Protecting RRSP savings
I’ve been giving a lot of thought lately to the question of how Canadians can protect the savings they tuck away in their RRSPs. It’s an issue that has been nagging at me ever since the market meltdown of 2008-09 which, based on anecdotal evidence, hit many RRSPs extremely hard. But it was brought to the front burner when I received an invitation to appear before the Senate Committee on Banking, Trade and Commerce which is looking into the subject of retirement savings as it relates to RRSPs and Tax-Free Savings Accounts (TFSAs).
This is all part of a widespread government review of Canada’s retirement planning system. The mandate of the Senate Committee is fairly narrow in that it does not specifically include pension plans (although that doesn’t stop some senators from questioning witnesses about them). Among the specific issues the senators have been asked to consider is how to protect the savings within RRSPs and TFSAs.
Here’s my idea: create a system for pooling RRSPs and have the money managed by professionals, such as the Canada Pension Plan Investment Board (CPPIB).
Every study I have seen suggests that the majority of people who use a financial advisor get better results than those who take the do-it-yourself approach. It also appears from the surveys that most people who have an advisor are satisfied with the service and the results. However, there are exceptions and I have received many e-mails from people who are unhappy with the way their money is being handled.
One of the problems facing every financial advisor who sells products is an inherent conflict of interest situation. It boils down to the fact that what is best for the client is not always the most lucrative course for the advisor. For example, most mutual funds pay trailer fees to advisors. These are annual payments which are supposedly for services rendered to clients. But they also constitute a strong financial incentive to encourage advisors not to move clients into other types of securities.
To illustrate, suppose you buy units of a Fidelity equity or balanced fund through your advisor. Unless you have a fee-based account, you might have to pay a sales commission on the purchase, depending on the type of units you buy and your broker’s policies. But that’s not the end of it. If you buy front-end load units, Fidelity pays the dealer an annual one per cent trailer fee, based on the total value of your assets in that fund. When you spread that over many clients it adds up to a lot of money. If a dealer has $10 million worth of Fidelity equity and balanced funds in his “book”, that’s worth a cool $100,000 annually. DSC units carry a lower trailer, at 0.5 per cent, but the up-front commission paid by Fidelity to the dealer is higher.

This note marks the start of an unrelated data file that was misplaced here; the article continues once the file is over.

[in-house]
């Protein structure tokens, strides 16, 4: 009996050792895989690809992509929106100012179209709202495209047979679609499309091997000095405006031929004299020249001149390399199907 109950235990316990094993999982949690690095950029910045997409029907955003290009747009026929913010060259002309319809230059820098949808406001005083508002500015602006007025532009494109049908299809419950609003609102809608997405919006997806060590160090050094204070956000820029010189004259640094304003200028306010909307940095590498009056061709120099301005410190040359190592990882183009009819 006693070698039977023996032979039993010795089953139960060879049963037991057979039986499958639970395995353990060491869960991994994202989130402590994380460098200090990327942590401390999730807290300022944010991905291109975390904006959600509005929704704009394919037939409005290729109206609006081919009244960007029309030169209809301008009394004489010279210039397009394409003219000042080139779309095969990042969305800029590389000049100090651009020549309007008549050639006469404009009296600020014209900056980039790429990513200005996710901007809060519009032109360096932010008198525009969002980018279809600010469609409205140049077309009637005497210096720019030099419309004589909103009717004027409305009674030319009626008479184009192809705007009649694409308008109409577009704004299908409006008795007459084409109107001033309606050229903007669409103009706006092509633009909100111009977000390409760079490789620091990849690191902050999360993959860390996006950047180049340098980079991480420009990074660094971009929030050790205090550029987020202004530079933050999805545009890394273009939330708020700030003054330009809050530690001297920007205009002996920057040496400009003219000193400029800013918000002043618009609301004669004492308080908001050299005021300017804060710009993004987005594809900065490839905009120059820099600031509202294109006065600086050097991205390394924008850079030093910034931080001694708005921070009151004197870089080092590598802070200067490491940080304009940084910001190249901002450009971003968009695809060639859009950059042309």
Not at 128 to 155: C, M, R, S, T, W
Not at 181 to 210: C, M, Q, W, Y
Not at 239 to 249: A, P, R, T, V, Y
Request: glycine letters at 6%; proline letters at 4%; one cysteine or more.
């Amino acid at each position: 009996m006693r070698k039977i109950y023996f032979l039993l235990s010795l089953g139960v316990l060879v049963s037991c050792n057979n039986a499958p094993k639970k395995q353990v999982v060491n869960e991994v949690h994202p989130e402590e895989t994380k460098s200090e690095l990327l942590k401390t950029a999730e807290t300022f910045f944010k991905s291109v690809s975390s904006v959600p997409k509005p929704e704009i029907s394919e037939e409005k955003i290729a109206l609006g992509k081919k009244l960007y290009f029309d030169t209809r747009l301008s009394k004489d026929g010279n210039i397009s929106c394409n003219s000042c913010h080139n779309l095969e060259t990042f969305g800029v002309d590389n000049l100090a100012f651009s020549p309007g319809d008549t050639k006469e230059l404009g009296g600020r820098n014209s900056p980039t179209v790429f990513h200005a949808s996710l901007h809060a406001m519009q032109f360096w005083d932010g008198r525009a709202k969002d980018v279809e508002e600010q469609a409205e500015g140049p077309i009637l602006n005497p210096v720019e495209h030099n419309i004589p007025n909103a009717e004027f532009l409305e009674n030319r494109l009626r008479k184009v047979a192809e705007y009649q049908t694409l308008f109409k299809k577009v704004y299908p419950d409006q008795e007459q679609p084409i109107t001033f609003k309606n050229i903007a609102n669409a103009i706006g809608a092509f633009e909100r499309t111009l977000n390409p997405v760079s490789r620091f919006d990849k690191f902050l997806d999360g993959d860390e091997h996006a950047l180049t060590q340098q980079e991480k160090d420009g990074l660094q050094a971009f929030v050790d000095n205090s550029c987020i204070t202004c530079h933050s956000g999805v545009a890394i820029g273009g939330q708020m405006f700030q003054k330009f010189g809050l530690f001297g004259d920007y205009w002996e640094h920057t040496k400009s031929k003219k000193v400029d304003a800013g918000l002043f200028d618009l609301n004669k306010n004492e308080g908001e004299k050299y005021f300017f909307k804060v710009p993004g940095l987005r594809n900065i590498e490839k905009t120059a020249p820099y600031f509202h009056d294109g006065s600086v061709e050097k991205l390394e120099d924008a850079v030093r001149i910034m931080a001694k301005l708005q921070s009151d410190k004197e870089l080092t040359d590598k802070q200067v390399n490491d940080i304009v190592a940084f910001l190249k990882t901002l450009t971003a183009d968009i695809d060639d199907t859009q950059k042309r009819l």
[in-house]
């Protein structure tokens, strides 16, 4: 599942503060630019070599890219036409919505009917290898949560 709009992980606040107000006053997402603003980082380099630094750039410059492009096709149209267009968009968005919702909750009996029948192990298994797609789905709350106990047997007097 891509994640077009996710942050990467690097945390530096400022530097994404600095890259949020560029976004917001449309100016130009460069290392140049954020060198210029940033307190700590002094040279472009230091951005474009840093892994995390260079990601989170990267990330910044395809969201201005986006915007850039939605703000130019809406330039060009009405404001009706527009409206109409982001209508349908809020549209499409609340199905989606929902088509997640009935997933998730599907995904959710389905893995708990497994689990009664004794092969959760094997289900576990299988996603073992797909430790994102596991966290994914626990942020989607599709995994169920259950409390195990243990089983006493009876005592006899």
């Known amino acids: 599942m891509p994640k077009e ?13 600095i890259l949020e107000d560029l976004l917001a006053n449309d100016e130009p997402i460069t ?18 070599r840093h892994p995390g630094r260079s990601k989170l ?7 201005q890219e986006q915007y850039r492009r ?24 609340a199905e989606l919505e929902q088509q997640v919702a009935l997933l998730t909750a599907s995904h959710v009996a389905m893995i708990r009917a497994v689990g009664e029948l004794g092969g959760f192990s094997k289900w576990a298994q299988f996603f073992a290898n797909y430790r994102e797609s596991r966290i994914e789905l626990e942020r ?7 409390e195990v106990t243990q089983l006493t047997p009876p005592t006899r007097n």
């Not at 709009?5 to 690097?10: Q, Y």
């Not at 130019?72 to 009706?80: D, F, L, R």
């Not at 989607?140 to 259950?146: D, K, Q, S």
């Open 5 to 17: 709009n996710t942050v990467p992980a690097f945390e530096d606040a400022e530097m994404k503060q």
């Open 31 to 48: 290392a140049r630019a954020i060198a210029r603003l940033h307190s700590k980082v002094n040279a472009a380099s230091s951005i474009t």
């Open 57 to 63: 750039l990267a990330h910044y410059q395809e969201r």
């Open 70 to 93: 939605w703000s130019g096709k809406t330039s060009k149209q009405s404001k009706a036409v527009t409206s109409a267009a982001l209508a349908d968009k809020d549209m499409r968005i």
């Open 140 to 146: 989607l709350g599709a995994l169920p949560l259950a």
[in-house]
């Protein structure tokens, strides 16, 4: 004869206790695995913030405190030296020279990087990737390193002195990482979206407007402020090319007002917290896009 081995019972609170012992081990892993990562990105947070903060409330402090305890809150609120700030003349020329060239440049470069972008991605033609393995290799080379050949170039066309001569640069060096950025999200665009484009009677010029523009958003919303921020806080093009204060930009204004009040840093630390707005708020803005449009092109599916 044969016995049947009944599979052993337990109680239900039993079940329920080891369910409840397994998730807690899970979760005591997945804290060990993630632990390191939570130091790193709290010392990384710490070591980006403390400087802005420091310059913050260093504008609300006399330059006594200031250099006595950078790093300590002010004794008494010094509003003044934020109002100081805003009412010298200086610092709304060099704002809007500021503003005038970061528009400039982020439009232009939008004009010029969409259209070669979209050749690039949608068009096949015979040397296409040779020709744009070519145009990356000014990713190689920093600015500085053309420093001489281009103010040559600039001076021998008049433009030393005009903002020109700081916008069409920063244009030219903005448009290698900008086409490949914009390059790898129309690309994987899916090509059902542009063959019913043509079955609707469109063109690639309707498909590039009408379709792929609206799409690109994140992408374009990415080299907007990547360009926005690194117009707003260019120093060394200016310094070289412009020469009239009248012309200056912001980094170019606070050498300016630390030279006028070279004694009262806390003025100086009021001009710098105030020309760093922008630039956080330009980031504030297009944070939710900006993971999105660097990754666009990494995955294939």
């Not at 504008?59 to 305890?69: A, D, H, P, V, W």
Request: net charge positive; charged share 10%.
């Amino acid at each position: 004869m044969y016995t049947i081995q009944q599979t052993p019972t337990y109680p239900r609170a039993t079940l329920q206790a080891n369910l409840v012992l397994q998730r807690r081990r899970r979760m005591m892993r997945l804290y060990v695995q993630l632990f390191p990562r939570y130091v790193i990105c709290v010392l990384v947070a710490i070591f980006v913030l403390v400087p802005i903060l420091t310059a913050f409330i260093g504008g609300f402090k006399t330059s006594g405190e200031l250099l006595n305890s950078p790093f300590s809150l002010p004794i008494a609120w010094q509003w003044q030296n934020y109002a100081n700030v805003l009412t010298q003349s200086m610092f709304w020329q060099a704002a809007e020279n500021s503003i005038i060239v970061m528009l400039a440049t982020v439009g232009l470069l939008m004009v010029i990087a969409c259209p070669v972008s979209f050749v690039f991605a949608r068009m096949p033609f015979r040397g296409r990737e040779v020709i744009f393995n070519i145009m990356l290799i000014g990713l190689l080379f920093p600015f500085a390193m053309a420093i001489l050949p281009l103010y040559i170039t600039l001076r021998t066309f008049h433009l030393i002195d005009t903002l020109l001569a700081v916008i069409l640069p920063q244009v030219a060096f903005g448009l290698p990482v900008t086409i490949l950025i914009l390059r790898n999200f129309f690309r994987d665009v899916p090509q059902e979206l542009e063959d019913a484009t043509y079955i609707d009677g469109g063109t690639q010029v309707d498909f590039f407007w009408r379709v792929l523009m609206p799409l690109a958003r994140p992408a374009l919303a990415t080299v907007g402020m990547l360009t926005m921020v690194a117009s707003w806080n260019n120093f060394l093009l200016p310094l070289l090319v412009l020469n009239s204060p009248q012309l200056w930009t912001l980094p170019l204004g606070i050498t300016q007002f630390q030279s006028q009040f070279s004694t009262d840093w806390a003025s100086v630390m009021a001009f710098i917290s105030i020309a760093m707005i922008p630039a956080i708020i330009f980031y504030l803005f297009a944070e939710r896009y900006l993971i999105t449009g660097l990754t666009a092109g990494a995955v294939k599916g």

However, if you buy a money market or fixed-income fund instead, the trailer fee is only 0.25 per cent. That’s a big incentive for an advisor to encourage you to buy equity or balanced funds. It is also a reason for the advisor to discourage you from switching out of mutual funds into, for example, ETFs. Most advisors understand that in the long term the financial well-being of their clients will provide the best return to them. But the potential conflict will remain as long as the current system exists.
(Note that I have used Fidelity only as an example; most mutual fund companies operate the same way.)
By creating a public entity to manage pooled RRSP money (or assigning the task to the CPPIB) we could remove this conflict of interest and ensure that Canadians receive the best possible professional money management plus access to securities they can’t buy as individuals. Over the decade ending Dec. 31, 2009 the CPPIB achieved an average annual compound rate of return of 5.61 per cent on the assets it managed on our behalf. When you consider we had two major market crashes during that time, that’s an excellent. I suspect that most Canadians did not do as well in their RRSPs.
The cost would be offset by an annual fee charged to the RRSP pool which would certainly be much less than people are paying now in terms of sales commissions, mutual fund management fees, and other expenses. The system would be optional; people could continue to use their own advisor or manage the money themselves if they prefer. But I think a large percentage of Canadians would choose to opt in to such a plan.
Of course, financial institutions would oppose this idea because it would potentially mean the loss of significant wealth management business. So I acknowledge this proposal could be political dynamite. But the fact is that the current situation is not satisfactory. Most people are simply not well-equipped to make the best investment decisions. In some ways, it’s akin to tossing a child into a pool and hoping he or she will instinctively figure out how to swim before drowning.
The reality is that most people need help in managing their retirement savings. The private sector offers such assistance but unless we reform the compensation system there is always a danger that some advisors may succumb to the temptation of recommending securities which are the most profitable for them.
I believe a low-cost public alternative is a viable option. We already have a model in the CPPIB. Let’s build on it.
This article originally appeared in the Internet Wealth Builder, a weekly e-mail newsletter that provides timely financial advice from some of Canada’s top money experts. For more information about a three-month trial membership go here.